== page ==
I answered “Yes” and continued on with a few questions. “Is there room for our backpacks?”  And pulling out a topographical map and pointing to a specific spot “Can you drop us off here?”

“Sure” he answered. “Stay here. When the train pulls in I will show you what to do.”

He was very friendly and helpful. Just like he said, the train pulled in and he took us to the baggage car.

“Throw your backpacks in there and I will show you were your coach and dining car is.”

We followed his directions and got settled down. The boys were hungry. We left the campground in such a hurry that we forgot to eat. Maybe it was more of the excitement of the trip that made us forget about food. We walked through a few train cars to get to the dining car. It wasn’t much but the lone lady who worked there got us some hot oatmeal and orange juice; coffee for me.

We rode along for another hundred miles. There wasn’t much to see other than trees dwarfed by the cold winters and a raging river now and then.

It was a little intimidating. The tracks appeared to lead to nowhere. But that was where we wanted to go. However, reality began to set in.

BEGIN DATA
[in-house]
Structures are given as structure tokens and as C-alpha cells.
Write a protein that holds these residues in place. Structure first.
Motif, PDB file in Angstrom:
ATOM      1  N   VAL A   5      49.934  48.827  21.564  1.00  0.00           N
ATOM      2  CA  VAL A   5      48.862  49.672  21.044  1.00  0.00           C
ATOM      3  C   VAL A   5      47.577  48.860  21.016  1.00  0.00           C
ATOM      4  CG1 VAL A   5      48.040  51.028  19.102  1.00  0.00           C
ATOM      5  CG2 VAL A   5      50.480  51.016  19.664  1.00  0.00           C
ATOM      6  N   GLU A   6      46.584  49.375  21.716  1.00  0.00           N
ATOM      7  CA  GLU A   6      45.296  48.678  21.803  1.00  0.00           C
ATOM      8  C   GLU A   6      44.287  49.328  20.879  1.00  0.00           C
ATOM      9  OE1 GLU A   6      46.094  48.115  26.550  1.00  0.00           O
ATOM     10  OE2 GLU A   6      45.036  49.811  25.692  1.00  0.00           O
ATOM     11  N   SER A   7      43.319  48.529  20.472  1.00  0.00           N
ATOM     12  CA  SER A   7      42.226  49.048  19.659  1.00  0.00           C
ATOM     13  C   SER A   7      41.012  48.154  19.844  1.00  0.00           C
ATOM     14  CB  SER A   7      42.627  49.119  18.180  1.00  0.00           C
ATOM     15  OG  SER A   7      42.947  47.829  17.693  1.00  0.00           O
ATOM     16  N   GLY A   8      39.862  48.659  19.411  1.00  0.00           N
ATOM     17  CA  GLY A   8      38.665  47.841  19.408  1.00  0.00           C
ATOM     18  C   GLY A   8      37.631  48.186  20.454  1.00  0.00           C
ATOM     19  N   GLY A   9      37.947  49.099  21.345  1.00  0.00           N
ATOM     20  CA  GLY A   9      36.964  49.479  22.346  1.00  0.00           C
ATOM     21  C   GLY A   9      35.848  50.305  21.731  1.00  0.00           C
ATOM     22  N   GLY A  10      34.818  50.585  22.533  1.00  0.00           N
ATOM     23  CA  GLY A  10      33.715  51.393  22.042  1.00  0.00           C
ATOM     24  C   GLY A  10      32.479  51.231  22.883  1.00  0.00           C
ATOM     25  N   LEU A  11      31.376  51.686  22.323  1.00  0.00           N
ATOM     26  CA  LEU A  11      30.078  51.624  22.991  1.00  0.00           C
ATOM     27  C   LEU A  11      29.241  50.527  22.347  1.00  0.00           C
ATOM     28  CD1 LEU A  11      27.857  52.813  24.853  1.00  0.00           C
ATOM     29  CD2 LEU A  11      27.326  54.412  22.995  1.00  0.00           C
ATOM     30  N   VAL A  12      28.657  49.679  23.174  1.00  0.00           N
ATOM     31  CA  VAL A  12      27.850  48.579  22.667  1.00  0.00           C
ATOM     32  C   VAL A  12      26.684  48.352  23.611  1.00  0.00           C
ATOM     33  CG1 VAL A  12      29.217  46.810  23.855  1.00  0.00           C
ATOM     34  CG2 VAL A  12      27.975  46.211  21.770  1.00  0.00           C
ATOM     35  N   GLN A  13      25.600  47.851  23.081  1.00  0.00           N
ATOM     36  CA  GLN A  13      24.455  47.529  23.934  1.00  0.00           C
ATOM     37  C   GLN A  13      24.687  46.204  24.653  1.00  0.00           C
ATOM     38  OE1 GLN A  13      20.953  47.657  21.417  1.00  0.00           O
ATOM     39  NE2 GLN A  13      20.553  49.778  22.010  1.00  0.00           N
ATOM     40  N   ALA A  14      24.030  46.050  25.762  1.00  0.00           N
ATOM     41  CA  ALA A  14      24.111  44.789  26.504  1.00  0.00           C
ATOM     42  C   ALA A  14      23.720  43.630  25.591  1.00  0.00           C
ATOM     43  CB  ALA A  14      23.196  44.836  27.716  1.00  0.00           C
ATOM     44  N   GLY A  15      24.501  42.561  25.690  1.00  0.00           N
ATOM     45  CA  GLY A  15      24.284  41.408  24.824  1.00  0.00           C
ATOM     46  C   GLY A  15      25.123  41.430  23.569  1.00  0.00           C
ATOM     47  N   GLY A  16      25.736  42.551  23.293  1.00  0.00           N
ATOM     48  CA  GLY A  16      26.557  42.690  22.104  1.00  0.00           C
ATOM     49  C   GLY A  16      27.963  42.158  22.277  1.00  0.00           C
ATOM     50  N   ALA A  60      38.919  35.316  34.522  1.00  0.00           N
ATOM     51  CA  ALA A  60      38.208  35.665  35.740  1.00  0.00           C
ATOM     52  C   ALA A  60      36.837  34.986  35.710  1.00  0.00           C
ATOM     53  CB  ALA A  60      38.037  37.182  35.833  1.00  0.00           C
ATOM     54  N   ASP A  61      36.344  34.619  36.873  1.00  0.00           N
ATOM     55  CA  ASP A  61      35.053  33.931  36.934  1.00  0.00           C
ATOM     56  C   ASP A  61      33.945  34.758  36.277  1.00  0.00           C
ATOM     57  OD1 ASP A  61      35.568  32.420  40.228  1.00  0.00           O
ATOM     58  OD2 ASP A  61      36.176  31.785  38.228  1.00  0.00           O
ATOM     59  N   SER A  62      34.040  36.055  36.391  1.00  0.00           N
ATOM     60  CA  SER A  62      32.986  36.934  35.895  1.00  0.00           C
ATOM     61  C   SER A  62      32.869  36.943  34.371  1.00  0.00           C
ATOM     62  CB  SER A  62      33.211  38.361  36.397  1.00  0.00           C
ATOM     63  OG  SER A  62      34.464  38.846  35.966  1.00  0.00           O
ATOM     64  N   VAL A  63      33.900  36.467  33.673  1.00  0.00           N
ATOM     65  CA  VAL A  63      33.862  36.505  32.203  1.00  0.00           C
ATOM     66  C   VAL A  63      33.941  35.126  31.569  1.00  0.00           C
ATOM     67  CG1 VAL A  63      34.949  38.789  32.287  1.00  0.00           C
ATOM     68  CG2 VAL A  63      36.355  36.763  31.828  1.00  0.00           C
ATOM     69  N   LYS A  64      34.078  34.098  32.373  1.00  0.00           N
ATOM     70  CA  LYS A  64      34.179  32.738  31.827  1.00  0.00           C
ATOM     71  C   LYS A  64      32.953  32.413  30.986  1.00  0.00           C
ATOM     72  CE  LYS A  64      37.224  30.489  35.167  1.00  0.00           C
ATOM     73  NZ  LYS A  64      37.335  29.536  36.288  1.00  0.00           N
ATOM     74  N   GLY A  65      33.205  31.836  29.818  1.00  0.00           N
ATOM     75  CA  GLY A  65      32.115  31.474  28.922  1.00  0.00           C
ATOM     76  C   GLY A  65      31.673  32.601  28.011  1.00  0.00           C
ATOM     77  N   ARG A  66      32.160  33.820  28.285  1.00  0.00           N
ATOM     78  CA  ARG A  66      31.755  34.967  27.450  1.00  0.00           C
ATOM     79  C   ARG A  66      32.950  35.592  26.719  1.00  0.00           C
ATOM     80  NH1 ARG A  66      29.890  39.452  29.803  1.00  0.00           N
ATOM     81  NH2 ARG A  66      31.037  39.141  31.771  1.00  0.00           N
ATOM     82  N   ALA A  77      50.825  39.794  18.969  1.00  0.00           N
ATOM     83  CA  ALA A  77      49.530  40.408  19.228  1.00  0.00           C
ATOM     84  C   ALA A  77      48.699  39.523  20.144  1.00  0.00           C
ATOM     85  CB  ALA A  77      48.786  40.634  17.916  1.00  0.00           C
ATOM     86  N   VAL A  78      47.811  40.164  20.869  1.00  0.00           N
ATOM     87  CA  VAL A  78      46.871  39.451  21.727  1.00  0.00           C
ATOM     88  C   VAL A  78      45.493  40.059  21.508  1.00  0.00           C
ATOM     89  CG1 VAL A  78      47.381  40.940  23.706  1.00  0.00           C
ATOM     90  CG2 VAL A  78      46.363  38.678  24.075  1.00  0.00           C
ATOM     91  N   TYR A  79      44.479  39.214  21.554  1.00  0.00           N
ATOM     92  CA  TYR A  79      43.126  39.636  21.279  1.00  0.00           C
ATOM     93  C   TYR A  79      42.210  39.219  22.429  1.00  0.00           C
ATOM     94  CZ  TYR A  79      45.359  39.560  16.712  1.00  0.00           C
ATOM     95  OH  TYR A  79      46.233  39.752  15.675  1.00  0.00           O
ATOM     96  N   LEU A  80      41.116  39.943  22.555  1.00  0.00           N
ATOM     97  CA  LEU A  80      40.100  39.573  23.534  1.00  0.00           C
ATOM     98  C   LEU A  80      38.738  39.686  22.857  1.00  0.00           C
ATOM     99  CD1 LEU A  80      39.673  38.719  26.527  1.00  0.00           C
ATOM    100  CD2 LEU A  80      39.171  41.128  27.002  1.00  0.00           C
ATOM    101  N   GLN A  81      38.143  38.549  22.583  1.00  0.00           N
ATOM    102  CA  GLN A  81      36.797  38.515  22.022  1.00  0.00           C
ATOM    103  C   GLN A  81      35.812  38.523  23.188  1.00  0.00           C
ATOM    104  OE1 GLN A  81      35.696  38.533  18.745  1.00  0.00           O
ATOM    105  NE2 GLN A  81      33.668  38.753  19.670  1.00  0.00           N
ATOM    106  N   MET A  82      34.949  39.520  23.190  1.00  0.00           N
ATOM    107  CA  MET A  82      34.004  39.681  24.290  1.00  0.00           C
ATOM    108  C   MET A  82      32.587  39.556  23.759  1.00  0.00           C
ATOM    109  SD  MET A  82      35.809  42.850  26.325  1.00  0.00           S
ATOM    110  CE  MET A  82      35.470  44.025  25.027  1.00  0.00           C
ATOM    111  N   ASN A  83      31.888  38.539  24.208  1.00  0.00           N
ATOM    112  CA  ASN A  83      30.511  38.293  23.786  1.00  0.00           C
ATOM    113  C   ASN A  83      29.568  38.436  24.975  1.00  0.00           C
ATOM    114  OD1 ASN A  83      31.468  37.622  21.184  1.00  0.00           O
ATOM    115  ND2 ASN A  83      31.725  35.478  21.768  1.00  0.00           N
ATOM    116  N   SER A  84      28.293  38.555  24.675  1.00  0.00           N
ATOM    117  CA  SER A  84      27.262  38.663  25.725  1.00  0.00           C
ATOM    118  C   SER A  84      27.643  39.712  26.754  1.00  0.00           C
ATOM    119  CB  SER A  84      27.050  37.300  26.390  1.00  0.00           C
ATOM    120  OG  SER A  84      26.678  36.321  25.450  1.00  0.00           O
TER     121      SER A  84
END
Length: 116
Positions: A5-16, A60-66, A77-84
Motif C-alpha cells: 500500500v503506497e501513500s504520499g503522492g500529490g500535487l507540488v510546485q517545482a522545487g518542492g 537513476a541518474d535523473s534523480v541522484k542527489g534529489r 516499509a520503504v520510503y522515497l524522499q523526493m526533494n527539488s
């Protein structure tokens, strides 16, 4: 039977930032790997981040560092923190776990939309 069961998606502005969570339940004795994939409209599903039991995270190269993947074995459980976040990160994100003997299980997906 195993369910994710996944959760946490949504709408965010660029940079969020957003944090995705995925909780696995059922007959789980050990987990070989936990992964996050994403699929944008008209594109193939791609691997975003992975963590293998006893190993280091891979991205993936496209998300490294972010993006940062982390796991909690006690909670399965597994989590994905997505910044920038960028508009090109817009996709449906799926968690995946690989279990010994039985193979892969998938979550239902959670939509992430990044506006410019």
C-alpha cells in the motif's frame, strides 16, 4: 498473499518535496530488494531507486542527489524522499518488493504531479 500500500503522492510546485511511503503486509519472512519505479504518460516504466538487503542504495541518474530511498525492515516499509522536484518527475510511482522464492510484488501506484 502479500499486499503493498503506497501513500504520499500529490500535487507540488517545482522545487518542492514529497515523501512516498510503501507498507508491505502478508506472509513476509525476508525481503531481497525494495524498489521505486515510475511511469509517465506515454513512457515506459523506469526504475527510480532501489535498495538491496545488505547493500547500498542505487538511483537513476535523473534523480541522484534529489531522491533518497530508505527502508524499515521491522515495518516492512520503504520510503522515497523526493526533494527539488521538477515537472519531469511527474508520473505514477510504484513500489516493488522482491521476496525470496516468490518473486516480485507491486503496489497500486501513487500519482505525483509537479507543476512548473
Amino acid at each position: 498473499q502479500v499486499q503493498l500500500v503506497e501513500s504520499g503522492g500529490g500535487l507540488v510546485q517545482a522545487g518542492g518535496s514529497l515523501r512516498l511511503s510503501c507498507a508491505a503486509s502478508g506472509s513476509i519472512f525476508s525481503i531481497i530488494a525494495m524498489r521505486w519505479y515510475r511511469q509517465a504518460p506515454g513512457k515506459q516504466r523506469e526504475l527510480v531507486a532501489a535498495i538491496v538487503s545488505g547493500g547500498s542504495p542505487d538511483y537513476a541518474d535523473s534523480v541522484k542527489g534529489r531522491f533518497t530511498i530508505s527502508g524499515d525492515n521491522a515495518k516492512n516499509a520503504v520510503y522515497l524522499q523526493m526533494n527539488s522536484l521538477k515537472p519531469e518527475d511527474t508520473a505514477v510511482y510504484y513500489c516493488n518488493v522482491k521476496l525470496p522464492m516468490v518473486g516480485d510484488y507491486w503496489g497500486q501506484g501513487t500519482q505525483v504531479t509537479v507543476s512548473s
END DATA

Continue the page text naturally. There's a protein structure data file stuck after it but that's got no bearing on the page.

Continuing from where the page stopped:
The map of our trip may better depict where “nowhere” is.

“Nowhere is one-hundred miles north of Cochrane. It is the northern-most red dot on the map. You can see our train route by following the smaller red dots. We wished to get off the train about two-thirds of the way to Moosenee. Our final leg was a mile trek to the Mattagami River. The topographical map depicted a trail from the rail-side to the river.

The train made very few stops. We passed a settlement of roughly six small homes. According to our topographical maps that was “Coral.” A few people sat on their front porches. The train did not make a stop.

Finally the conductor came to us and asked us to follow him. “You boys will be departing in a short while” he said. He took us to the baggage car. It contained much more baggage than when we had put our backpacks in. There were two canoes, a few mail sacks, and other assorted goods lying here and there. We rode along holding on to whatever we could as the train swayed back and forth.

The conductor took a two-way radio from its holster and talked to the train engineer. The train started to slow down for our departure.

The conductor asked “When will you boys be getting back on for your return trip?”

I responded “In four days. But if the fishing is good maybe we will stay for another two.”

He smiled at me and said “Well, maybe I will see you tomorrow.”

Now that was a strange thing for him to say. I had just told him that we would at least be the better part of a week.

The train finally came to a halt. We picked up our backpacks as the conductor opened the sliding door on the baggage car.

My eyes must have become as large as a cows! I could not believe what I was looking at. There were deer flies, horse flies, black flies and mosquitos flying all through the air. This is not an exaggeration. It looked like that insect swarm scene from the movie “African Queen.”